Like Nico's own music, this film from writer-director Susanna Nicchiarelli will no doubt come across as an acquired taste with some finding it to be a droning docudrama based around a not-especially-likable central character. For me, the film does work, almost entirely due to the performance by Dyrholm--although she does not bear even the slightest physical resemblance to the real Paffgen, she embodies her so thoroughly through her acting that you get the feeling at times that you are watching the real woman going through the motions of her life (and to prove this, check out the 1995 documentary ''Nico Icon'' for comparison). ''Nico 1988'' is not a particularly fun movie to watch but it is indeed a fascinating one and, if nothing else, it should inspire most viewers, if they haven't already, to go back and revise the Nico discography for themselves to see that there was more to her musical career than those three VU songs.
You never saw the name Scotty Bowers during the credits of any movies but it could easily be argued that during the Golden Age of Hollywood, he was as much of a legend, albeit in a sub rosa manner, as any of the matinee idols of the time. After serving several tours of duty in World War II, he got a job at a Hollywood Boulevard gas station where, as he recounts, he met actor Walter Pidgeon, who invited him up to his house and to his bed. Duly inspired, he began to use the gas station as a base of operations where he, with the help of a number of young men and women that he recruited, would help facilitate sexual encounters of all stripes for the most famous names in Hollywood that would have destroyed countless careers if word had gotten out. According to Bowers, the encounters would cost $20 and he never accepted a penny for his services--he was just in it for the fun. Considering that he claims to have had personal assignations with Cary Grant, George Cukor, Spencer Tracy, Vivien Leigh, Lana Turner and Ava Gardner (the last two at the same time), that is some fun indeed. Bowers eventually recounted his story in the 2012 memoir ''Full Service: My Adventures in Hollywood and the Secret Sex Life of the Stars.''
That book has just been optioned to be turned into a movie itself but until it finally gets made, we have ''Scotty and the Secret History of Hollywood,'' a documentary by Matt Tyrnauer in which Bowers, now in his 90s, reflects on his past life and glories, occasionally reuniting with some of his colleagues from back in the day. Mixed in with these reminiscences are clips from old Hollywood classics in which the secrets of the stars are practically bursting forth with every now-charged line of dialogue or image (cue the inevitable bit from ''Bringing Up Baby'' where a peignoir-clad Cary Grant exclaims ''I just went gay all of a sudden!'') Watching Bowers cheerfully recounting his past will no doubt be amusing and eyebrow-raising for students of classic Hollywood in the same way that it can be fun to leaf through a copy of Kenneth Angerís equally salacious history ''Hollywood Babylon.'' The problem is that while Tyrnauer clearly adores Bowers as a subject, he seems oddly reticent to probe Bowers and his rosy recollections to get at any of the darker stuff involving him and his Hollywood connections that must have occurred at some point. Bowers is a little more open when talking about things not involving stars--he movingly speaks of the daughter who died following a botched abortion--but even when he talks about being molested as a child, he looks upon it only as a completely positive experience that helped to make him the guy that he became. Nevertheless, ''Scotty and the Secret History of Hollywood'' is entertaining, albeit in an ultimately superficial manner, and I guarantee that after watching it, you will never look at the old Tracy-Hepburn movies in the same way again.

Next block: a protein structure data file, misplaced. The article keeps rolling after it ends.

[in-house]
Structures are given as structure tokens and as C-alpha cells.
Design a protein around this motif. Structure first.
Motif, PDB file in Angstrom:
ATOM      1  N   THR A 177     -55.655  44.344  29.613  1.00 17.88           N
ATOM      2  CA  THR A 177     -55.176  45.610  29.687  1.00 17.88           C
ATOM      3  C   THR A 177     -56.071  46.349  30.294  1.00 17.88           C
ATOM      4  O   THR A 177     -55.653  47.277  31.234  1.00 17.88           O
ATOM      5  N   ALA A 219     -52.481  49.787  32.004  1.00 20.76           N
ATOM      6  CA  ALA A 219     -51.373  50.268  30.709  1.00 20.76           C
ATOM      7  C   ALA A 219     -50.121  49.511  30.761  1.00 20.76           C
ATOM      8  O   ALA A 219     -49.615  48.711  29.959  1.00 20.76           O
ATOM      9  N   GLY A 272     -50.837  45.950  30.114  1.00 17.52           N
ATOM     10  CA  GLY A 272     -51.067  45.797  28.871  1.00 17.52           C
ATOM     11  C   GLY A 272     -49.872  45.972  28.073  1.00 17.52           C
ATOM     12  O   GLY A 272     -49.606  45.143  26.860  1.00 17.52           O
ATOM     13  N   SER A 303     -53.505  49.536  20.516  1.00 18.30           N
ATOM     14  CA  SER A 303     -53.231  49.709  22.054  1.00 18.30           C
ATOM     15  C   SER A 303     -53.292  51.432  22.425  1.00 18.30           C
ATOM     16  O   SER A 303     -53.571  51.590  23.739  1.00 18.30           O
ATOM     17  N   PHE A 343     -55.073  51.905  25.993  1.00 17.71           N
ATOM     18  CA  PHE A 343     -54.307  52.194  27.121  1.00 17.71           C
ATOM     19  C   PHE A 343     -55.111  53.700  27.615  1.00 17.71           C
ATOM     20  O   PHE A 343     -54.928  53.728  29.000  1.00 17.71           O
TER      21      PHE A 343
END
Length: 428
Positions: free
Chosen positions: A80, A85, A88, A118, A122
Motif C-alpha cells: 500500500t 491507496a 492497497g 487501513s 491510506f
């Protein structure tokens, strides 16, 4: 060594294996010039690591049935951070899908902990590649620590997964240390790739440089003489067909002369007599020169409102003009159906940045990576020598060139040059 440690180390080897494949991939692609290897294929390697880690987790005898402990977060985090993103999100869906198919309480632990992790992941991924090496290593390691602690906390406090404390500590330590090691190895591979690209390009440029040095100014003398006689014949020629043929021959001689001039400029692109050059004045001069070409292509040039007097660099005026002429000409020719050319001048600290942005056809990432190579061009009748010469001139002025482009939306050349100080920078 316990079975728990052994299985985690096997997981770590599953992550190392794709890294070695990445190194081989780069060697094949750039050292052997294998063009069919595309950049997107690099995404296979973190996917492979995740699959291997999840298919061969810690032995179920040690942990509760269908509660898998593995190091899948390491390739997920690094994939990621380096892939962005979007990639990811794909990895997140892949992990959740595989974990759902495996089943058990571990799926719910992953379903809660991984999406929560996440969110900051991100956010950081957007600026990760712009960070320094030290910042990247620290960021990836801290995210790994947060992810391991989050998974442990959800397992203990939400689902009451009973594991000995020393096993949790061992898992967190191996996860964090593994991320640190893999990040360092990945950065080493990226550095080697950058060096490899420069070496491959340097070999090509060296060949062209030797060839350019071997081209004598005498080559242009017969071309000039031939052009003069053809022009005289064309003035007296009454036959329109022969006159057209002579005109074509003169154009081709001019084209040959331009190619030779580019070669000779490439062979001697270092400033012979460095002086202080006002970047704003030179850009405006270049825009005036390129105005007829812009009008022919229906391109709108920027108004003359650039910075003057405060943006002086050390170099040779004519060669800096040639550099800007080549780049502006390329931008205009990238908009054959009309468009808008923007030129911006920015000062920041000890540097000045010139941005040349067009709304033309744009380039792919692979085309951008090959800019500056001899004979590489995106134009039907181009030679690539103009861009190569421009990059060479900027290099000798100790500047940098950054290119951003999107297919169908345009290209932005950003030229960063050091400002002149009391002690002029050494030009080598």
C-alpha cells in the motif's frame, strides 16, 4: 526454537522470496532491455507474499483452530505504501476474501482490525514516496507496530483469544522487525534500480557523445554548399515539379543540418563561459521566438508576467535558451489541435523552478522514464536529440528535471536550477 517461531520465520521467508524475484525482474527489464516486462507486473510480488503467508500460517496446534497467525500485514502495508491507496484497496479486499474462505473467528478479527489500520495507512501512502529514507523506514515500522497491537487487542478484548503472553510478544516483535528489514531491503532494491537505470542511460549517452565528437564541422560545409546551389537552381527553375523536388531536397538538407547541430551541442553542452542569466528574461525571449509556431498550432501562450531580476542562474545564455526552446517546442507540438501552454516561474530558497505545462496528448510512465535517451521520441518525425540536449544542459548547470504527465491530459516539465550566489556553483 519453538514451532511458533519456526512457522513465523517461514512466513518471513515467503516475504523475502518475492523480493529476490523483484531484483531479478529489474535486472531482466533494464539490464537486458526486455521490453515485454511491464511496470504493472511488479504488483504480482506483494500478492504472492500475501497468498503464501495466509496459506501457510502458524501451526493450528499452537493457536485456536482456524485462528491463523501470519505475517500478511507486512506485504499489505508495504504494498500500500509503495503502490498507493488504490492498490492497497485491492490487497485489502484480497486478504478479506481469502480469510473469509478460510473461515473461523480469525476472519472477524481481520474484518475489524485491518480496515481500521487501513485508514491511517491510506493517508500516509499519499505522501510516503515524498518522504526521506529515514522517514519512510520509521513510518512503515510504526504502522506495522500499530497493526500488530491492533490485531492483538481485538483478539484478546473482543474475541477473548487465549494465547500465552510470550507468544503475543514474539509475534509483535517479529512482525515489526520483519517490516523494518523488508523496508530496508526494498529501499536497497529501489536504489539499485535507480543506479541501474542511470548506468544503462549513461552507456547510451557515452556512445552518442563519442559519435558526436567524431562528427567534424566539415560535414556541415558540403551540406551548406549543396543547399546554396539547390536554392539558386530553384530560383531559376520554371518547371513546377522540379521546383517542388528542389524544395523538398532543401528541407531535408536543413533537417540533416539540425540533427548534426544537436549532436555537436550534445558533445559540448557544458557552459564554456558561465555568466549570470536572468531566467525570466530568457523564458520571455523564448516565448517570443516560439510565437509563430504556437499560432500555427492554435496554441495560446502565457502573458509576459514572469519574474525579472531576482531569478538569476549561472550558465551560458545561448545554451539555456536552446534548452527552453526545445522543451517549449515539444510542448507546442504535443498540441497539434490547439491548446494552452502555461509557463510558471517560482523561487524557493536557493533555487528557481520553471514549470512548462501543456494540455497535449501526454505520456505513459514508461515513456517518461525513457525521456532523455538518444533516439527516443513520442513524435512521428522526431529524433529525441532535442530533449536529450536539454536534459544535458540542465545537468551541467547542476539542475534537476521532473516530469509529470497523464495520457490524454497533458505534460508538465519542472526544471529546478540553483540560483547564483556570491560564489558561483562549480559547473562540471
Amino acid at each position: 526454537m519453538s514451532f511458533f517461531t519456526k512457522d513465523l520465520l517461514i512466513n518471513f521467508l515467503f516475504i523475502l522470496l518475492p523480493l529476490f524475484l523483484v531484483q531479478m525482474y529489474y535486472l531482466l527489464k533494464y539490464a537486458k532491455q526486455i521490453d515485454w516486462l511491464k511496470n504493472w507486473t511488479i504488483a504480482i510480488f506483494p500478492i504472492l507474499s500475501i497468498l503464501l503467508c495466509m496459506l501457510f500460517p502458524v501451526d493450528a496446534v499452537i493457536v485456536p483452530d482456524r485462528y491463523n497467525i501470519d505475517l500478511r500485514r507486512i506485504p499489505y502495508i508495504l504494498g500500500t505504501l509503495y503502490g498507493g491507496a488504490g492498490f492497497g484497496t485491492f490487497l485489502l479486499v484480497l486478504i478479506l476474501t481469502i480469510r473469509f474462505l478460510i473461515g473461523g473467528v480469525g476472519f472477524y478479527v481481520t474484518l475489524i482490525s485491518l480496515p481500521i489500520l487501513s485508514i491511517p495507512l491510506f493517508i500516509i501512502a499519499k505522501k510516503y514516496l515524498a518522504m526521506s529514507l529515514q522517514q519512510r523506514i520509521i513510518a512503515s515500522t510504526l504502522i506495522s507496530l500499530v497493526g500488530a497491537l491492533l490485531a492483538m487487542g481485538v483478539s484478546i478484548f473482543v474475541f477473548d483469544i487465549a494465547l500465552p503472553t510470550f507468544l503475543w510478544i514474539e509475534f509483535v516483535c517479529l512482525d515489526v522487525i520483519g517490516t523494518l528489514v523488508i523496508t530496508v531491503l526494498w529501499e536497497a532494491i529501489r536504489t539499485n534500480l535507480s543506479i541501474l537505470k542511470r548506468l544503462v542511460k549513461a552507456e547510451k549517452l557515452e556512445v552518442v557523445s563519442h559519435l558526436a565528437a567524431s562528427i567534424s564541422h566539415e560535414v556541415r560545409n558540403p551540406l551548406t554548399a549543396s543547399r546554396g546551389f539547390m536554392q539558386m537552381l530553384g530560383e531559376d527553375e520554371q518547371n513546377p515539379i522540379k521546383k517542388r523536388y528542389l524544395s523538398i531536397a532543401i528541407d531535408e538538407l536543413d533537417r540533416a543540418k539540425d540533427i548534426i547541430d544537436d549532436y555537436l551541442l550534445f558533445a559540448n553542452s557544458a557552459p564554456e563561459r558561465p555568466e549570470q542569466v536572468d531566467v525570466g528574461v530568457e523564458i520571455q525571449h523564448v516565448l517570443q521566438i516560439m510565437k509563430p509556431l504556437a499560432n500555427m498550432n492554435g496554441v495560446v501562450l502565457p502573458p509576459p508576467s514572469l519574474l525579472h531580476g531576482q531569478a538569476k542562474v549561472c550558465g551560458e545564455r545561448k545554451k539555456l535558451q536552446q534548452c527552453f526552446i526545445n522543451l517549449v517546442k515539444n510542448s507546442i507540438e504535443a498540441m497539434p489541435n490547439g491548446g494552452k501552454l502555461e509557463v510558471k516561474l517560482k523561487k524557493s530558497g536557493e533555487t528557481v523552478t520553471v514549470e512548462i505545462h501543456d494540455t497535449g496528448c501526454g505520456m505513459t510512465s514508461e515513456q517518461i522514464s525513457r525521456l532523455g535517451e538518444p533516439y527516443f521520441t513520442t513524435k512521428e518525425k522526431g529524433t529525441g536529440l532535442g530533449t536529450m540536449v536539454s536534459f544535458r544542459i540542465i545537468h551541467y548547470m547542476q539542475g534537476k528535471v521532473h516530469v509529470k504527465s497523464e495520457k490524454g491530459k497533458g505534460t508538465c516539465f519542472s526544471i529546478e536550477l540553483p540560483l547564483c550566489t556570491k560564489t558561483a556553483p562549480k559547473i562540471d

link directly to this feature at http://www.hollywoodbitchslap.com/feature.php?feature=4139
originally posted: 08/10/18 13:53:54
last updated: 08/11/18 11:48:12